College Binge Drinking Is Common, and Very Problematic

By The Fix staff 09/20/17

Colleges, parents and peers need to band together to change a culture that normalizes binge drinking.

College friends drinking and socializing
The Hazelden Betty Ford Foundation examines the close association between attending college and binge drinking.

When people think of college, their minds often skip over academics and go straight to thoughts of drinking and drug use. Whether at a small liberal arts college or big state school known for partying, there’s an undeniable association between the college experience and substance use.

“It’s the cultural norm, especially with fraternities and sororities, the pressure on the weekends to party,” said Tim Helmeke, the manager of a young men’s unit at the Hazelden Betty Ford Foundation’s adolescent and young adult addiction program in Plymouth, Minnesota.

According to research compiled by the Hazelden Betty Ford Foundation, about one third of college students engaged in binge drinking in 2015, defined as more than four drinks in one sitting for females and five drinks in a sitting for males.

Despite the fact that binge drinking is a common and often accepted part of college culture, there are real consequences for the behavior, and it’s important that college students and their parents are educated about the risks.

“This research is another reminder that alcohol—as our most accessible and culturally acceptable drug—is the one that most often triggers problems in people who are susceptible to substance misuse, addiction, and other related health issues,” said Dr. Joseph Lee, medical director for the Hazelden Betty Ford Foundation Youth Continuum.

Why Students Binge Drink

The Hazelden Betty Ford foundation has found that college students binge drink for many reasons.

“Binge drinking can be seen as an easy way to meet people and be accepted into this new community,” Helmeke said. “It can be very normalized.”

In fact, heavy drinking can be so par for the course that students may not even realize that they are binging.

“You walk in there’s drinking games, people challenging you to drink more. It turns an unintentional night out into drinking too much and falling under that label of binge drinking.”

The Consequences of Binge Drinking

The consequences of binge drinking range from seemingly harmless — missing a class, for example — to very serious, including accidental death, sexual assault or expulsion from school.

Student who binge drink may wake up with feelings of regret after engaging in behavior that they wouldn’t normally do. The Hazelden Betty Ford Foundation reports that students who binge drink are more likely to miss class, fall behind on work, have unprotected sex and damage property.

“Heavy drinking affects social behaviors such as increased aggression, decreased inhibitions and impulsive behaviors, all of which can lead to poor decision making,” Helmeke said.

Although any of these may seem minor on their own, the negative impact of binge drinking can quickly add up over time. Consequences can also come on more suddenly.

“Thousands of college students at low risk for developing alcohol use disorders still suffer from the ramifications of excessive drinking—from DUIs, car crashes, and violence, to date rape,” Lee said. “Millions more are affected by the collateral damage.”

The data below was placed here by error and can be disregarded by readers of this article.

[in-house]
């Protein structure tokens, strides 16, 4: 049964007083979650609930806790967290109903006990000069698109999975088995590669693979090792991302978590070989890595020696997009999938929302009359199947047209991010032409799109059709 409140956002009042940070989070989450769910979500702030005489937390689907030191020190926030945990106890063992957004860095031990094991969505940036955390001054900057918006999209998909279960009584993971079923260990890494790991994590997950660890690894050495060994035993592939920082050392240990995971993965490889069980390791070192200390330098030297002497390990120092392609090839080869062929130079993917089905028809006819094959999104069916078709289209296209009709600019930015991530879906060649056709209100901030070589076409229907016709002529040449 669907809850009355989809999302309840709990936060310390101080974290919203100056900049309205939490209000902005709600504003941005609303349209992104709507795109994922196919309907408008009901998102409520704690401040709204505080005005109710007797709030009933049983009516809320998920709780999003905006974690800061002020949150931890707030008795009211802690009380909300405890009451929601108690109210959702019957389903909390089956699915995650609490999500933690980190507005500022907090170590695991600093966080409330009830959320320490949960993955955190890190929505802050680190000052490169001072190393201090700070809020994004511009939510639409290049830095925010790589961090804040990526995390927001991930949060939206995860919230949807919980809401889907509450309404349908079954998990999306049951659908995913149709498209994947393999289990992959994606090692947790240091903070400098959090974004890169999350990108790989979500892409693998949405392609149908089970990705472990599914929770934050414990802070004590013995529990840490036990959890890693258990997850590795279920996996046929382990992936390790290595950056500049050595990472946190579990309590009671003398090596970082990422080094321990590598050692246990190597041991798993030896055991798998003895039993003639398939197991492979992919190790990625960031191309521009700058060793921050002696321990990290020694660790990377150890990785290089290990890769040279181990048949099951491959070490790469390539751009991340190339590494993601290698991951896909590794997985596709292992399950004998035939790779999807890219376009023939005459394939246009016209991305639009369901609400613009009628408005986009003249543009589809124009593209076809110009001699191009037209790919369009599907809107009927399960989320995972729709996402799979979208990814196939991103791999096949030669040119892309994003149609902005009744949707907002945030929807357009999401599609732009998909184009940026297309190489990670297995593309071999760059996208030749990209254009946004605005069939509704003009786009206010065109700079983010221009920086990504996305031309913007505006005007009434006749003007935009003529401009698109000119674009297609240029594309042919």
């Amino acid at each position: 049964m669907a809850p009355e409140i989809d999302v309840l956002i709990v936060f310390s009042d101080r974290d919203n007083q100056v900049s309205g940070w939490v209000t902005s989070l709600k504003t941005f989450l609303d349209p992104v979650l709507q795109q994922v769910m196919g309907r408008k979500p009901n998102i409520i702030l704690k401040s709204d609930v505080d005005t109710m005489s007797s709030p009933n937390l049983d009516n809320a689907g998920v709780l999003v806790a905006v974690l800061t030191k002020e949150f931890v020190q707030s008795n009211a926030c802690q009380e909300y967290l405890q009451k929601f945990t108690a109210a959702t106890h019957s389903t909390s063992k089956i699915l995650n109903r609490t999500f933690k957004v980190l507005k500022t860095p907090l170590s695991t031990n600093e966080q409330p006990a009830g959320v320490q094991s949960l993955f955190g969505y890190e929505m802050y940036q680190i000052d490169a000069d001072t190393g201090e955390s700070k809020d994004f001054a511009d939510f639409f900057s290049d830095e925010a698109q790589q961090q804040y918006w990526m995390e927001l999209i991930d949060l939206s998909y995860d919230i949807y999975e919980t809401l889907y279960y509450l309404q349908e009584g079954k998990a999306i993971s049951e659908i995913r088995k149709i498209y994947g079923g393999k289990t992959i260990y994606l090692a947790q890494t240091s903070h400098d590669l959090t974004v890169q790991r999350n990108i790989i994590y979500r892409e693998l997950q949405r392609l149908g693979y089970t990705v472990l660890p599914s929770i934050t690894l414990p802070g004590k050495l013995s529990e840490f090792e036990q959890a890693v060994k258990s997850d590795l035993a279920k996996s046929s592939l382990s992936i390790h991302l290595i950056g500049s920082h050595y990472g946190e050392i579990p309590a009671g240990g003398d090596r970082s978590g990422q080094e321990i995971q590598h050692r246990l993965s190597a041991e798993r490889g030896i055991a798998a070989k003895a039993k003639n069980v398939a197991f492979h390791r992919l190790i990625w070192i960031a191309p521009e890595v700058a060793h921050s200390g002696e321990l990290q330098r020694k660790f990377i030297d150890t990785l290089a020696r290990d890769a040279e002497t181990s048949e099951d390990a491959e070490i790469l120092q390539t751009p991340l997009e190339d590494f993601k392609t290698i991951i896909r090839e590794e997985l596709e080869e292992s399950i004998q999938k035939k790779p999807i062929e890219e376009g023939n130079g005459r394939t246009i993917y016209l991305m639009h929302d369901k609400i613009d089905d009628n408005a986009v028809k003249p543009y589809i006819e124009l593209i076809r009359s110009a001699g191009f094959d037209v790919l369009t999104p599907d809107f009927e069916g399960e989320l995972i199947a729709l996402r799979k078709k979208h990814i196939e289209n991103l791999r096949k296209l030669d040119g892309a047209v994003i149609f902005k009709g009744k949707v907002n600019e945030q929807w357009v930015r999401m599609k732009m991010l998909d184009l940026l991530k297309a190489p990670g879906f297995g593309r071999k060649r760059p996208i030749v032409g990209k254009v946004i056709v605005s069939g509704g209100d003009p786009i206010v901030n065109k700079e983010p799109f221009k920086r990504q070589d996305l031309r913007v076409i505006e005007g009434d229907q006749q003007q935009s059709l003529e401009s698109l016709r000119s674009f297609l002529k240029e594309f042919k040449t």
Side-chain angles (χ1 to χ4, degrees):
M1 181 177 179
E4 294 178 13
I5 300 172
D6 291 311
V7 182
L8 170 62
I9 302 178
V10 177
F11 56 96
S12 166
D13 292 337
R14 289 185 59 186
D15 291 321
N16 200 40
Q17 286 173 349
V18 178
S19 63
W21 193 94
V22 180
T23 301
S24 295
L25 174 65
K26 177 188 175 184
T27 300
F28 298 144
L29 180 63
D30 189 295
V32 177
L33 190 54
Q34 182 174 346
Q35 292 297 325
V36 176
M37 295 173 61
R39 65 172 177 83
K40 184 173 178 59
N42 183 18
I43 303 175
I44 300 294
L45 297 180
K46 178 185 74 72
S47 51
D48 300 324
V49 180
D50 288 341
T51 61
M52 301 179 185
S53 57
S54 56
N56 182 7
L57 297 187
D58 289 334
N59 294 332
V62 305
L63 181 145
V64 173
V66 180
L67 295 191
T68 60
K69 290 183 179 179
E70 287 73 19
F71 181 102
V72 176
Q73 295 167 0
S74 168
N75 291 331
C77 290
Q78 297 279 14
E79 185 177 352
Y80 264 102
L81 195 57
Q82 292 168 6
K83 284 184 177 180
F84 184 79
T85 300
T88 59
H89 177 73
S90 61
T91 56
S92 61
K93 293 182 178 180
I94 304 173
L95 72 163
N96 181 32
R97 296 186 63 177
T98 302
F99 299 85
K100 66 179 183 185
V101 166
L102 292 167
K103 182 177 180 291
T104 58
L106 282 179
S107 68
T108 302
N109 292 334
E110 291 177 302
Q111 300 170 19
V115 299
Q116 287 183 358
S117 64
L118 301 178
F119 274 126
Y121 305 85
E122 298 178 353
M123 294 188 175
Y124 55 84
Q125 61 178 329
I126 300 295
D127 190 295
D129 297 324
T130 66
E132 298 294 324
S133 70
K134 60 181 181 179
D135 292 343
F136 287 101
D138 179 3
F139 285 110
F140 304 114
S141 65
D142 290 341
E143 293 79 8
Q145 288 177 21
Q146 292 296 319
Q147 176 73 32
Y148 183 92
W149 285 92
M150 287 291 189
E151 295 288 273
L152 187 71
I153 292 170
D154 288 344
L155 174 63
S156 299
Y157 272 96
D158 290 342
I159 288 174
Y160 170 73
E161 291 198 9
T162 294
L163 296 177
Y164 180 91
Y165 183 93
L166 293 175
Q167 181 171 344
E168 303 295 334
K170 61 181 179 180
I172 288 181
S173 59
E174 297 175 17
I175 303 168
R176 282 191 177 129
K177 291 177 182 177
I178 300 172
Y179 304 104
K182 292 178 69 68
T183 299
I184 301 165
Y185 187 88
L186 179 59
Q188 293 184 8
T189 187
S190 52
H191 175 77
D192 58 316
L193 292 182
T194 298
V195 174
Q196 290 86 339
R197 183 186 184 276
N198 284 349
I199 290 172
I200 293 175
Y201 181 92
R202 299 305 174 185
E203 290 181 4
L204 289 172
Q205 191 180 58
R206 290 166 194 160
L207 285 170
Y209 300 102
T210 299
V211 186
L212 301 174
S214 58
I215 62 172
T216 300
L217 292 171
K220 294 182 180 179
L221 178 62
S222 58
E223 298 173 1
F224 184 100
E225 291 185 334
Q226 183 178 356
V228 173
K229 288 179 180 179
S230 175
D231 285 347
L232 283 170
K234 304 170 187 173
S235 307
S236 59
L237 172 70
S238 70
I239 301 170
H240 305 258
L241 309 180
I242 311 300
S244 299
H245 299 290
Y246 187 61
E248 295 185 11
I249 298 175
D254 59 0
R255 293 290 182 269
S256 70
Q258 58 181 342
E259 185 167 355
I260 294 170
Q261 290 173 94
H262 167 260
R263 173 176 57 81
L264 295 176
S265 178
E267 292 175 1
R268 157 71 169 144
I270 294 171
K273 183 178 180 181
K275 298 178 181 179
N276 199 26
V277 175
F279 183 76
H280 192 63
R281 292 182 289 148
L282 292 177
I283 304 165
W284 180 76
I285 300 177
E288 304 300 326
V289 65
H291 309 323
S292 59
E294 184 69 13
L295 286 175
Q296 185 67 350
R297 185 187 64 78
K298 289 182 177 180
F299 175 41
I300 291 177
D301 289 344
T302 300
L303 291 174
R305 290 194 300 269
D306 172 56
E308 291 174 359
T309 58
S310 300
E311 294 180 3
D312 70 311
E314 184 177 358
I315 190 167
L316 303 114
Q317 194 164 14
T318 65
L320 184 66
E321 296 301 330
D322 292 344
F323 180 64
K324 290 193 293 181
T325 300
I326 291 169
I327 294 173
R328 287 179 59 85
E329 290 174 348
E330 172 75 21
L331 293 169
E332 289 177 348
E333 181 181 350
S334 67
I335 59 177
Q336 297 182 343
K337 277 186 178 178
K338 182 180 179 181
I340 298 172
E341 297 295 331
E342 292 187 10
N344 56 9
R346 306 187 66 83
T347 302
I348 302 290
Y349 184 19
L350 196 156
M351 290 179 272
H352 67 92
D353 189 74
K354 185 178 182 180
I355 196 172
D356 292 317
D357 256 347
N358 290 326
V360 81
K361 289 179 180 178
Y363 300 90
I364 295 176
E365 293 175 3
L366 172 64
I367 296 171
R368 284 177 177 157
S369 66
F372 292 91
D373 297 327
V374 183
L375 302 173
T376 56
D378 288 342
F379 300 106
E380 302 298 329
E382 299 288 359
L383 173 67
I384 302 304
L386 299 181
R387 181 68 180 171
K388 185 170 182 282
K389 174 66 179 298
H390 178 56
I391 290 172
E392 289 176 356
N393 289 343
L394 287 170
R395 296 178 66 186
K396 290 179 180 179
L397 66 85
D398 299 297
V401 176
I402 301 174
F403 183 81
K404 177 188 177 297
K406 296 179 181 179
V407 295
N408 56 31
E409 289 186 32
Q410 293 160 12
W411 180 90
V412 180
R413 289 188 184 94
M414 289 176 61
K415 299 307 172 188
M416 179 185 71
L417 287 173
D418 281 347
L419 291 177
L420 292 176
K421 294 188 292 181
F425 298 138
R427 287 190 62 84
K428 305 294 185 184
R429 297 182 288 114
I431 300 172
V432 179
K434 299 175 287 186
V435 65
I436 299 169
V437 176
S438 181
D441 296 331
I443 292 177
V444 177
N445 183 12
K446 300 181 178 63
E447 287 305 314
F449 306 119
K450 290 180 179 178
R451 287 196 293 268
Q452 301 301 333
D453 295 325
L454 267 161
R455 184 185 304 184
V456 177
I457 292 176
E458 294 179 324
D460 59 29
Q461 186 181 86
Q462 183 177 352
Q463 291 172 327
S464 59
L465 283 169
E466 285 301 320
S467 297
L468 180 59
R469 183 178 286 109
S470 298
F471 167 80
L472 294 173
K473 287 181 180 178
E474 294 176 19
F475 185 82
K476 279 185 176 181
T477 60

Talking to College Students About Binge Drinking

College is a time for young adults to break away from their families and experience independence often for the first time. Unsurprisingly, college students aren’t often eager to hear a lecture from their parents about drinking habits. Parents may also feel awkward about discussing subjects like drinking and drug use with their child. However, honest conversation is essential.

“Parents play a big role in terms of their involvement and intervention,” Helmeke said.

Parents should start speaking with their children before they leave for college.

“Sit down and explain to them the potential situations that they’re going to experience,” Helmeke said.

Talk openly and honestly about the consequences of binge drinking, not as a way to scare students but so that they can have a thorough understanding of the situation. Don’t shy away from the tougher parts of the conversation.

“Be clear about your expectations as they relate to any kind of use,” Helmeke said. “Be transparent.”

Helmeke suggests asking students what they hope to gain from their experiences at college.

“Explain how alcohol or other drug use can impair their ability to achieve the kind of academic or athetic goals they have for their future. That helps shape their decisions and impacts what sort of experience they have in college.”

If parents are concerned that their child is developing substance use disorder, the Hazelden Betty Ford Foundation suggests speaking to them about exactly what behaviors have you concerned. Don’t judge your child or expect immediate changes, but emphasize that help is available when they are ready for it.

Although conversations about binge drinking are becoming more common at home and on campus, Helmeke said that colleges, parents and peers need to band together to change a culture that normalizes binge drinking.

“If binge drinking can be normal cultural thing, it can also be a cultural norm to have supports and help high-risk students,” he said. “Education needs to continue to happen over and over and over again to make an impact.”

Get more information on the Hazelden Betty Ford Foundation here, and connect with the organization on Facebook.

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